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How Long Does Oxycodone Stay in Your System?

Oxycodone is a drug that is often used to treat pain. This drug goes by a number of different names. It is often called Oxy, or OxyContin. Either way, it is a powerful drug that is also highly addictive.

You may be suffering from an addiction yourself. If you are, you may be wondering how long it will take for Oxy to leave your body before you start to feel better. You also may be worried about withdrawal symptoms as the drug leaves your body.

It's important for you to get an answer to this question as you think about your recovery goals.

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What is Oxycodone?

What is Oxycodone?

Oxycodone is a prescription medication given as a pain reliever.

It’s an opiate like morphine and is known as a narcotic. It can be given as an extended release medication, which means it continues to work for pain relief for up to 24 hours. It may be prescribed by a doctor to someone who has just had surgery and needs pain management while they recover. This medication may also be found in immediate release medication, which means it acts quicker but doesn’t last as long.

Some drugs are made up only of Oxycodone as the active ingredient such as with the popular medication OxyContin. It may also be combined with acetaminophen, which is what you get with drugs like Percocet. Oxycodone is mixed with aspirin in Percodan. The chances of abuse and addiction are higher when the drug is used by itself, but medications like Percocet and Percodan are also addictive.

Understanding Abuse of Oxycodone

Even people who take their prescription as directed may become addicted to Oxycodone if they are on it for too long. However, many of the cases of drug abuse happen because the person increased their dosage without a doctor’s prescription.

The body adjusts to the presence of Oxycodone in the system over time. It develops a tolerance for the drug, which makes it less effective at blocking pain. The person may decide to increase the dosage on their own, which helps for a while. Then, the system becomes tolerant once again, and they must continue to increase the dose or the frequency of use to get results.

In some cases, the person doesn’t even have their own prescription. A family member or friend may share a pill when they complain of pain. It helps so they try to access the drug on their own.

Teens and college students often abuse Oxycodone because they hear how good it makes them feel. They may like the idea of experimenting with a drug that doesn’t require injection or snorting. They think it’s safe because it’s a prescription medication. It helps them relax in a crowd or provides a feeling of happiness and excitement at a party so they can have a good time.

When someone abuses this drug, it provides feelings of euphoria and helps to reduce anxiety. The person likes the results, so they are more likely to try it again in the future.

It is often crushed and mixed with a liquid so it can be injected directly into a vein for fast action. When the pills are chewed, they also act faster than with swallowing.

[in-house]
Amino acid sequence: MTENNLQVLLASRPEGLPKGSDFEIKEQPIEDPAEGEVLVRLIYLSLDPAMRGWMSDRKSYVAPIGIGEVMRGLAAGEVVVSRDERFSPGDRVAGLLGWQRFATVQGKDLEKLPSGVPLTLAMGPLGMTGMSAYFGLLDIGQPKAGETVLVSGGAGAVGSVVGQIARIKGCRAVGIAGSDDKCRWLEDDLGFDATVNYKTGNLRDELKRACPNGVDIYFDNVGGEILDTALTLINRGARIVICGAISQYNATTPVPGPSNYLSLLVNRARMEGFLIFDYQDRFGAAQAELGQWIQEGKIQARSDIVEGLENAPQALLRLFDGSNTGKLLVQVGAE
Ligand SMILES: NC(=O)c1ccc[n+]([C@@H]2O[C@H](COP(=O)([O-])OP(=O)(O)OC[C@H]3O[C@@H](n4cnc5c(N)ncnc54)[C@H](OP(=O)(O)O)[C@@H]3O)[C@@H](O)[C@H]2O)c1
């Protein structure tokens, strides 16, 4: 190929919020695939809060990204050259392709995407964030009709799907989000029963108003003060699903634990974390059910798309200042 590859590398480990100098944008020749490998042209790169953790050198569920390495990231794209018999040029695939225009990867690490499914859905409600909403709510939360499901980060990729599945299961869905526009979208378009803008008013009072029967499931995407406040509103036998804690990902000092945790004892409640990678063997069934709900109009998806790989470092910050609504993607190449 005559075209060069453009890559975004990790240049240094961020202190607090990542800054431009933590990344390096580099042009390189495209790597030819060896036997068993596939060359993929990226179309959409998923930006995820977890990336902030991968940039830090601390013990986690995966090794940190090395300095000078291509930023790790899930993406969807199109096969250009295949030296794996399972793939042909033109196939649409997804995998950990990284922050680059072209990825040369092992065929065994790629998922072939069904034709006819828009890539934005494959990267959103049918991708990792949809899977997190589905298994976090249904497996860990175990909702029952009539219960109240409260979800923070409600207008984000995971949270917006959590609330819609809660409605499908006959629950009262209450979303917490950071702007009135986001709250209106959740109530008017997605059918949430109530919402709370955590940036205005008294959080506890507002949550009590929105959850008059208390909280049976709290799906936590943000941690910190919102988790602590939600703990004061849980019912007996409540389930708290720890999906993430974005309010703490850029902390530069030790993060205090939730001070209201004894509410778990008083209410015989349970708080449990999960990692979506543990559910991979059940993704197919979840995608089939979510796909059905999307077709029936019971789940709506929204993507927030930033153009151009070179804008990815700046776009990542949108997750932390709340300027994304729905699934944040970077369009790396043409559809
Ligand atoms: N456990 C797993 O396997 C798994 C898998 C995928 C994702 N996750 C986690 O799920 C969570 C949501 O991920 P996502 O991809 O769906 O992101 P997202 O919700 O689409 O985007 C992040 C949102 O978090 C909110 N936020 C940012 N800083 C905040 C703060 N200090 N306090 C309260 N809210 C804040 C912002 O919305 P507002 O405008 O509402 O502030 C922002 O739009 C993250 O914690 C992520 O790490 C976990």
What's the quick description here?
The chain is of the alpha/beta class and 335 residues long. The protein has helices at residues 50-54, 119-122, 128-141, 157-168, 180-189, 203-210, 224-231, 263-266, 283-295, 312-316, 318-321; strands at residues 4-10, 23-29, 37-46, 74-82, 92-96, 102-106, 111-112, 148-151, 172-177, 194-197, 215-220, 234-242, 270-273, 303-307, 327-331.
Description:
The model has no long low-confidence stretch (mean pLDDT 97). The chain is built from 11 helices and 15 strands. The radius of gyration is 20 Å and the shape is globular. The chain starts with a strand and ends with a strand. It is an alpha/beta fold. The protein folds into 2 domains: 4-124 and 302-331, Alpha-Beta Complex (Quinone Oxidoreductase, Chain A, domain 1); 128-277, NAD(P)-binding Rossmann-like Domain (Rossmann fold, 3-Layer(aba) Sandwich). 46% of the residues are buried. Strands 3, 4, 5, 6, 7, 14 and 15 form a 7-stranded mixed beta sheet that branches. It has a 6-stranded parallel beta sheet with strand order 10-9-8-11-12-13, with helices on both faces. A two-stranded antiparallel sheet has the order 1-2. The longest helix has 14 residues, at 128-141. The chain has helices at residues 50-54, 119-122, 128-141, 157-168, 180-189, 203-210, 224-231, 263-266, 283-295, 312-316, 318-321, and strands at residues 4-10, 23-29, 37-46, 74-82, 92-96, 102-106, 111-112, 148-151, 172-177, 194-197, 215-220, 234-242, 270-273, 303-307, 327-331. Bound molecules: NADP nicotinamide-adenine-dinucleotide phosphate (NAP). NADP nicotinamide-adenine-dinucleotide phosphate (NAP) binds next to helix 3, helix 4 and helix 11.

A common occurrence with Oxycodone abuse is doctor shopping. This happens when a person goes to a second doctor for another prescription. They will continue to go to new doctors and complain of severe pain to get extra prescriptions for the drug.

How Can You Identify Abuse?

People who abuse prescription drugs are often adept at hiding it. They feel good because it has reduced their pain and provides euphoria. However, this drug can also have some undesirable side effects, especially when they’re abusing the drug, including the following:

  • Confusion
  • Nausea and vomiting
  • Sleepiness
  • Constipation
  • Difficulty breathing or slowed breathing

You can also overdose on the medication. You may not realize how dangerous it is to take more pills than the prescribed amount. If a loved one exhibits the following symptoms, you need to get them immediate medical help for a possible overdose:

  • Extreme sluggishness or difficulty in waking the person
  • Lack of response to painful stimuli
  • Constricted pupils with no response to light
  • Blue tinge to the lips or mouth and fingernails
  • Respiratory arrest

When a person has become addicted to one of the forms of Oxycodone, they will show certain signs. Many of these signs will be the same as for other addictions. For instance, they will focus on getting more of the drug, even resorting to stealing another person’s prescription. Their thoughts will be preoccupied with getting the drug even when they aren’t currently using.

At some point, the person may need to look for the drug on the street to support their addiction. Dealers sell Oxycodone along with illicit substances. People with prescriptions often sell it to make money, which gives dealers easy access. It won’t be called by the prescription name out on the street, but you can recognize it from it’s list of street names:

  • OC
  • Oxy
  • OX
  • Hillbilly heroin
  • Kicker
  • Cotton
What Factors Dictate How Long OxyContin Stays in the System?

How Long Will Oxy Stay in Your System?